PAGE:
South Korea to Resume Propaganda Broadcasts

SEOUL, South Korea (Bloomberg News/TNS) —

South Korea will resume the propaganda broadcasts that previously led the Kim Jong Un regime to threaten war, in order to punish North Korea for conducting a fourth nuclear test.

South Korea said it would respond “sternly” to any North Korean provocation, as it announced on Thursday a resumption of the broadcasts that led North Korea to mobilize troops in August before marathon talks managed to ratchet down tensions. They give North Koreans a rare glimpse of the contrasting economic and social realities between the two countries and are reviled by the Kim regime. Broadcasting will begin Friday, coinciding with Kim’s birthday.

“North Korea may react in an ultra-strong way to this decision by South Korea, viewing it as an act of ruining a national party,” said Cheong Seong Chang, a senior researcher at the Sejong Institute near Seoul, said by text message.

The decision on the broadcasts came after President Barack Obama and South Korean President Park Geun Hye held a phone call and pledged to “forge a united and strong international response” to North Korea’s “reckless behavior” for its test on Wednesday of what the regime claimed was a hydrogen bomb, though that claim has been met with much skepticism by the international community.. The U.S. is also considering sending additional military hardware, which could include B-52 bombers, F-22 fighter jets or a nuclear submarine, to South Korea, where 28,500 U.S. troops are already deployed.

For South Korea, the broadcasts are the most effective way to get Kim’s attention. Blasted from 30-foot tall banks of loudspeakers across the border, they can penetrate more than 15 miles into North Korea. The broadcasts don’t attack the regime directly, but reveal the comparative wealth and freedom of the South through a mix of popular music, commercials for consumer goods and reports on economic conditions in the two countries.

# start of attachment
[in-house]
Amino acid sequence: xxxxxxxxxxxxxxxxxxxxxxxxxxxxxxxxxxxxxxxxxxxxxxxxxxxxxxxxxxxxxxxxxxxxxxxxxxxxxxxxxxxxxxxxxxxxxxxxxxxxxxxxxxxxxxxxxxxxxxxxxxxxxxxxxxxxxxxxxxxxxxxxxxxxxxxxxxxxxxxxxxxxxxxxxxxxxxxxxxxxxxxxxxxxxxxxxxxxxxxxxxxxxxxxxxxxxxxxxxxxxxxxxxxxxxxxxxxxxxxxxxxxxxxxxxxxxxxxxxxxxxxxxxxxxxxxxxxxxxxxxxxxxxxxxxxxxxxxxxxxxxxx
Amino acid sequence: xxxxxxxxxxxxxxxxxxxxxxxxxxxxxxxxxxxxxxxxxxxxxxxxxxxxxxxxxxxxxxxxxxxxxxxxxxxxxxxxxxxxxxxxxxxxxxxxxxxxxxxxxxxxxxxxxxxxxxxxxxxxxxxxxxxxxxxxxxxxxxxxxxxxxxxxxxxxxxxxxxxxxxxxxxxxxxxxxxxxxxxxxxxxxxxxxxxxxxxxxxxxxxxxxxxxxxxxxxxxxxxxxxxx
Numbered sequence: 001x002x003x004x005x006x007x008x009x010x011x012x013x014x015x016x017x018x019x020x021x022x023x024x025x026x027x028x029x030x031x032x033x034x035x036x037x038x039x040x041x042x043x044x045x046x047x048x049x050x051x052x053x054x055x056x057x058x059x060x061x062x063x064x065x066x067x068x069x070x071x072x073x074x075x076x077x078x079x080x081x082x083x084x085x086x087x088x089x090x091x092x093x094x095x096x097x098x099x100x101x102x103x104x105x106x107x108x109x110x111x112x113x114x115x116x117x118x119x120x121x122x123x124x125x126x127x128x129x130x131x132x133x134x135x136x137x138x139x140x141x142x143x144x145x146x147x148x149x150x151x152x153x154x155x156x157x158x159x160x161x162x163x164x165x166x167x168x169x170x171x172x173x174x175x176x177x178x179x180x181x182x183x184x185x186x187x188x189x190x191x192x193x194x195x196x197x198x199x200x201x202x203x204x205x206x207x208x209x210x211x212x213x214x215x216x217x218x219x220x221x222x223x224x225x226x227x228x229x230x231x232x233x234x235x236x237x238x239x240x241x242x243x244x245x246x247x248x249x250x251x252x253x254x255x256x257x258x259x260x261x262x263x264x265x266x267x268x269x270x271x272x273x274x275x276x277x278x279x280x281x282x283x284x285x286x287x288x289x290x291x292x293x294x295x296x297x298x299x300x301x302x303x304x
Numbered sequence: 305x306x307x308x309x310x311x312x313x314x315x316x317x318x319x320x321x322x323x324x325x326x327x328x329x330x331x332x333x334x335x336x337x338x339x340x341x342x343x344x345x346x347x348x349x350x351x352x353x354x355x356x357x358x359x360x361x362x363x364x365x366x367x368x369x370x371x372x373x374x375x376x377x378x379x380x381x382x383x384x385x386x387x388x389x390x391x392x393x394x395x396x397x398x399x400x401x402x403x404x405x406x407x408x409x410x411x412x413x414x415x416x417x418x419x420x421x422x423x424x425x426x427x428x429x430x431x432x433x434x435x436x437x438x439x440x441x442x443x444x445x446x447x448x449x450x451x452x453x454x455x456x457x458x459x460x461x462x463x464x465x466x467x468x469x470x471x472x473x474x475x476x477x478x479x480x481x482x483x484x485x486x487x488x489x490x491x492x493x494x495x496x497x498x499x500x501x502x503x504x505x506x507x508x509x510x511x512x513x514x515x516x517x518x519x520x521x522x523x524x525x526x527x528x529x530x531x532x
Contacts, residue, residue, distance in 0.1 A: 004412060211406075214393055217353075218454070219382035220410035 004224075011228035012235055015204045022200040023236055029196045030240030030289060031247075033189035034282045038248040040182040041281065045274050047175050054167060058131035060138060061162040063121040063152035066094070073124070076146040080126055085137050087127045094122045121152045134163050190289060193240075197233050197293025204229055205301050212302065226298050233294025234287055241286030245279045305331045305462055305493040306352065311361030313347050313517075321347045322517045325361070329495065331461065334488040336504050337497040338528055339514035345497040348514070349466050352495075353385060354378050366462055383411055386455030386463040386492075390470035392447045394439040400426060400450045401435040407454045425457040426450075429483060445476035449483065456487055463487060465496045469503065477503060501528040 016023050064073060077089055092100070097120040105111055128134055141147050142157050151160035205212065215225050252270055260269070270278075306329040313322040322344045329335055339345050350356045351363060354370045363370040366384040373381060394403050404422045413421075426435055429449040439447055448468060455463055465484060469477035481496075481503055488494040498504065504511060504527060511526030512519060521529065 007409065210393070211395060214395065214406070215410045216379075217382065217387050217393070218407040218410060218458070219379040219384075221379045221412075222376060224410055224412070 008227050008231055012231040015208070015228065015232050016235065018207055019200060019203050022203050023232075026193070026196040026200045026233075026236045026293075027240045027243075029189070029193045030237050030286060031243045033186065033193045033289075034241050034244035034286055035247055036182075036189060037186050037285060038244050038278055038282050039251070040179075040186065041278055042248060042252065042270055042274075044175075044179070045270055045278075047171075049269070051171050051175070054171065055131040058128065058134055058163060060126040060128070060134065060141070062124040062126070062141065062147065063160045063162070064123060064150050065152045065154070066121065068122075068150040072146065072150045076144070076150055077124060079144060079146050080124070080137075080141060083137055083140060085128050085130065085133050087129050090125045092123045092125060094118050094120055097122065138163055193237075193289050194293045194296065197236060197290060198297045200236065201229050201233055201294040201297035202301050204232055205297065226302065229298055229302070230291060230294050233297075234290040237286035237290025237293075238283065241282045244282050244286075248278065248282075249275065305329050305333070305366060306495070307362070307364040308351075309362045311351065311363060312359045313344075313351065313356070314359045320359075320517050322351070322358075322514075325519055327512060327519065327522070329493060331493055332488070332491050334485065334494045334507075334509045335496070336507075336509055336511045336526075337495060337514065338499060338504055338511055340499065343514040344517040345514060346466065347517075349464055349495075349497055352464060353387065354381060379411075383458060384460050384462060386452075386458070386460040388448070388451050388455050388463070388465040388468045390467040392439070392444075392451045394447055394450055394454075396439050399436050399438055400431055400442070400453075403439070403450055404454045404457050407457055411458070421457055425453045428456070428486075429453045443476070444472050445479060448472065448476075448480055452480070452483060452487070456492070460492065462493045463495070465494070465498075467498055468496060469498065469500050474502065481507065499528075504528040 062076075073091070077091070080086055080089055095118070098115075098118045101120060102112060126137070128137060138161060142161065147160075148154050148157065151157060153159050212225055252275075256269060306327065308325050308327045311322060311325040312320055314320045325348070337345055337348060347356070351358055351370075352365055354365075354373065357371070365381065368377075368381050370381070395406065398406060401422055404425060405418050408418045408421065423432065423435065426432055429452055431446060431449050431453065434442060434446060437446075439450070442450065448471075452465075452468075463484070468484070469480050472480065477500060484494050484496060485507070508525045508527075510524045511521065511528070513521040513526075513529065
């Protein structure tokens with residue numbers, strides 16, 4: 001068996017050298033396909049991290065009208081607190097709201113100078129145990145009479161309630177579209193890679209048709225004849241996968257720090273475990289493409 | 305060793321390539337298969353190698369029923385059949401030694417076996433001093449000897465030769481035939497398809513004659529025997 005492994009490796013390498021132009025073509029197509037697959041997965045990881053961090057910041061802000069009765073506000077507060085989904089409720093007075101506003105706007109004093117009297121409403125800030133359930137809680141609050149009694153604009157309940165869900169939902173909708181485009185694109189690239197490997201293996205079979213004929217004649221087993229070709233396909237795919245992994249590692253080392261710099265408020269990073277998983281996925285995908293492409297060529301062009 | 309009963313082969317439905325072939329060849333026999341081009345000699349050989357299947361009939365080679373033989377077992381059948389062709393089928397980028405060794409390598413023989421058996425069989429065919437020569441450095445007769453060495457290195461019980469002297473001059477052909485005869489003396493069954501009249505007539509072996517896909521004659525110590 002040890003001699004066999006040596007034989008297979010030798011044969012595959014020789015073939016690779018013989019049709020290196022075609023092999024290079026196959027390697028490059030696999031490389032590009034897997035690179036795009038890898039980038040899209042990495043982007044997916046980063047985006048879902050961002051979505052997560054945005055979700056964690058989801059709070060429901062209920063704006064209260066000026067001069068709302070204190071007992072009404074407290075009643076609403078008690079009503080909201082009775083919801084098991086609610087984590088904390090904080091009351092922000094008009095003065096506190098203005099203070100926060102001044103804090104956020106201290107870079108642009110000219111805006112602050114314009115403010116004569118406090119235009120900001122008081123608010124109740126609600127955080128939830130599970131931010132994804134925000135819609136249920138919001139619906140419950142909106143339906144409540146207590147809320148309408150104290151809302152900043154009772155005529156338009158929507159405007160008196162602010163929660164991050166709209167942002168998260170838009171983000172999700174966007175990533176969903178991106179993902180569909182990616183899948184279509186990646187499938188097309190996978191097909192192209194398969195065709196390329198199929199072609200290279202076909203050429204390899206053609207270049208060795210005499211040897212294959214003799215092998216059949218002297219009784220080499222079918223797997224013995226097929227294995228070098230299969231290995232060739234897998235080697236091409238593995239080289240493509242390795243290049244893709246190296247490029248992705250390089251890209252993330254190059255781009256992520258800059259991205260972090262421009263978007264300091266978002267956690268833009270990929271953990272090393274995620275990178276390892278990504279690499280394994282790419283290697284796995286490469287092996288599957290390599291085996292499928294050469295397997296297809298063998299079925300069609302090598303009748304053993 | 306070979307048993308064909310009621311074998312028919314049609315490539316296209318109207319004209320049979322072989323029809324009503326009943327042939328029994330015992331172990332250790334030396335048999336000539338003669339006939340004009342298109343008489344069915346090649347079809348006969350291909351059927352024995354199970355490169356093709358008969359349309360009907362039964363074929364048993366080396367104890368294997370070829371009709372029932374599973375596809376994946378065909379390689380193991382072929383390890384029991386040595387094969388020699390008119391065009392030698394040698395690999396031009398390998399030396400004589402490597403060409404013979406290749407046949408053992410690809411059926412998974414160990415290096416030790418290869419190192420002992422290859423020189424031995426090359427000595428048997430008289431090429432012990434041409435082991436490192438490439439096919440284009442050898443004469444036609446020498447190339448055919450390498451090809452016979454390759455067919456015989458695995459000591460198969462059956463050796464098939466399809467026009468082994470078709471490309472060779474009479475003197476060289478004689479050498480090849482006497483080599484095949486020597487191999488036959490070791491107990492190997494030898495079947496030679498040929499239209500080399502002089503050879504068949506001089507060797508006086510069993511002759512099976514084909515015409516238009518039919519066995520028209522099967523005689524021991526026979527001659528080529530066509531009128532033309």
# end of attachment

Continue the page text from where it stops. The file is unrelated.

For the North, the broadcasts are seen as a threat to morale and a direct attack on the regime’s carefully constructed alternative reality that says the South is much worse off than the North while still bent on its destruction.

Tensions spiked between the countries in August when the government in Seoul resumed the broadcasts for the first time since 2004 to punish Pyongyang for what it suspected was a landmine attack in the demilitarized zone that injured two South Korean soldiers. The North responded by ratcheting up its combat readiness and threatening “all-out military action” to stop the transmissions.

Marathon talks headed off a confrontation, with the South agreeing to refrain from broadcasting under “normal” circumstances. Defense Minister Han Min Koo said Wednesday the nuclear test had now produced an “abnormal situation” again.

The broadcasts have prompted a bigger reaction from the North than traditional means of pressuring the regime. The United States has deployed B-52s after previous provocations with little effect, and North Korea continues to spurn U.S.- and China-led efforts to restart stalled disarmament talks. The United Nations will likely roll out more sanctions, though earlier rounds of economic punishment have failed to deter Pyongyang’s ambition to expand its nuclear arsenal and develop a hydrogen bomb.

Short of military engagement, the West may be running out of options to rein in Kim. The United States expended its diplomatic capital on securing a nuclear deal with Iran and is also distracted by efforts to end the Syrian civil war. That puts pressure on China, which has led recent efforts to bring its ally back from the diplomatic wilderness.

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